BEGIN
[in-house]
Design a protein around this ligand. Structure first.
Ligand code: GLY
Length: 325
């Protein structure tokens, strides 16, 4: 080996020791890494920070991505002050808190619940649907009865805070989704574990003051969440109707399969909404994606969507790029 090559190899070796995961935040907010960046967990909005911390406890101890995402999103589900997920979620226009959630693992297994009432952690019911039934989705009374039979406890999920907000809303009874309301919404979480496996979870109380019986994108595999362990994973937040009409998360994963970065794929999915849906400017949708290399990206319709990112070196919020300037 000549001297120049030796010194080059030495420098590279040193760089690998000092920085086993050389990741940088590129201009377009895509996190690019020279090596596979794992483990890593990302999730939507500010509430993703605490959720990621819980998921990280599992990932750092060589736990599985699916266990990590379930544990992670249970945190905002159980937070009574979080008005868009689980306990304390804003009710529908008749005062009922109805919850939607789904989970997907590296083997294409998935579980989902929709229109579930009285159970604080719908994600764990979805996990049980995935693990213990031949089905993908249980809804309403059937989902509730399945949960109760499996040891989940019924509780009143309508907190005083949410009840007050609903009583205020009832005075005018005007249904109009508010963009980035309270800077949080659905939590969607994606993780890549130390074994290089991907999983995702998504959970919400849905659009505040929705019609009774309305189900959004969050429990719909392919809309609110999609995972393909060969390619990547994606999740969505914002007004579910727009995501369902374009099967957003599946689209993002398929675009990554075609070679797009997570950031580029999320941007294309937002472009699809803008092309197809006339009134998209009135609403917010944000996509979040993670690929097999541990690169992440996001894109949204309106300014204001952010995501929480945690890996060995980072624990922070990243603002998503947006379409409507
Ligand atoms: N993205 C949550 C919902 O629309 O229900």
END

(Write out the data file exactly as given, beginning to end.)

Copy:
[in-house]
Design a protein around this ligand. Structure first.
Ligand code: GLY
Length: 325
């Protein structure tokens, strides 16, 4: 080996020791890494920070991505002050808190619940649907009865805070989704574990003051969440109707399969909404994606969507790029 090559190899070796995961935040907010960046967990909005911390406890101890995402999103589900997920979620226009959630693992297994009432952690019911039934989705009374039979406890999920907000809303009874309301919404979480496996979870109380019986994108595999362990994973937040009409998360994963970065794929999915849906400017949708290399990206319709990112070196919020300037 000549001297120049030796010194080059030495420098590279040193760089690998000092920085086993050389990741940088590129201009377009895509996190690019020279090596596979794992483990890593990302999730939507500010509430993703605490959720990621819980998921990280599992990932750092060589736990599985699916266990990590379930544990992670249970945190905002159980937070009574979080008005868009689980306990304390804003009710529908008749005062009922109805919850939607789904989970997907590296083997294409998935579980989902929709229109579930009285159970604080719908994600764990979805996990049980995935693990213990031949089905993908249980809804309403059937989902509730399945949960109760499996040891989940019924509780009143309508907190005083949410009840007050609903009583205020009832005075005018005007249904109009508010963009980035309270800077949080659905939590969607994606993780890549130390074994290089991907999983995702998504959970919400849905659009505040929705019609009774309305189900959004969050429990719909392919809309609110999609995972393909060969390619990547994606999740969505914002007004579910727009995501369902374009099967957003599946689209993002398929675009990554075609070679797009997570950031580029999320941007294309937002472009699809803008092309197809006339009134998209009135609403917010944000996509979040993670690929097999541990690169992440996001894109949204309106300014204001952010995501929480945690890996060995980072624990922070990243603002998503947006379409409507
Ligand atoms: N993205 C949550 C919902 O629309 O229900």